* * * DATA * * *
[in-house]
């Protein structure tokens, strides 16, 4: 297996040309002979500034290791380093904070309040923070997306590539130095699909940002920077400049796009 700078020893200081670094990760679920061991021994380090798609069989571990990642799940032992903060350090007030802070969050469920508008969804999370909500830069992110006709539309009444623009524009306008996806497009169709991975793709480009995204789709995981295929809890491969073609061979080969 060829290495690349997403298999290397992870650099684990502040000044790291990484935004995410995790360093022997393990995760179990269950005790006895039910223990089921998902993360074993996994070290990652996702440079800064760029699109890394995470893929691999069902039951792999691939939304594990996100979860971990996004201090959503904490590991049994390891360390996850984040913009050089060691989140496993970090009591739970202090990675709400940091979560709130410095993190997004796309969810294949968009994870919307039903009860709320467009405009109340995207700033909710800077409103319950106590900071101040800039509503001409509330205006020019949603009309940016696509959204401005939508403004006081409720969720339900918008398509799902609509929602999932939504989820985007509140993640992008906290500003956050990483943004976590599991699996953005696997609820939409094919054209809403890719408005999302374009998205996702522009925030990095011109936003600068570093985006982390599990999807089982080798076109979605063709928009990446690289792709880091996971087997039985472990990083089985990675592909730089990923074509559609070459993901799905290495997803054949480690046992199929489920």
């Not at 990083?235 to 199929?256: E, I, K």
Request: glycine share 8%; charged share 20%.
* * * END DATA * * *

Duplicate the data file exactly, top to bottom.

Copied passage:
[in-house]
């Protein structure tokens, strides 16, 4: 297996040309002979500034290791380093904070309040923070997306590539130095699909940002920077400049796009 700078020893200081670094990760679920061991021994380090798609069989571990990642799940032992903060350090007030802070969050469920508008969804999370909500830069992110006709539309009444623009524009306008996806497009169709991975793709480009995204789709995981295929809890491969073609061979080969 060829290495690349997403298999290397992870650099684990502040000044790291990484935004995410995790360093022997393990995760179990269950005790006895039910223990089921998902993360074993996994070290990652996702440079800064760029699109890394995470893929691999069902039951792999691939939304594990996100979860971990996004201090959503904490590991049994390891360390996850984040913009050089060691989140496993970090009591739970202090990675709400940091979560709130410095993190997004796309969810294949968009994870919307039903009860709320467009405009109340995207700033909710800077409103319950106590900071101040800039509503001409509330205006020019949603009309940016696509959204401005939508403004006081409720969720339900918008398509799902609509929602999932939504989820985007509140993640992008906290500003956050990483943004976590599991699996953005696997609820939409094919054209809403890719408005999302374009998205996702522009925030990095011109936003600068570093985006982390599990999807089982080798076109979605063709928009990446690289792709880091996971087997039985472990990083089985990675592909730089990923074509559609070459993901799905290495997803054949480690046992199929489920």
């Not at 990083?235 to 199929?256: E, I, K």
Request: glycine share 8%; charged share 20%.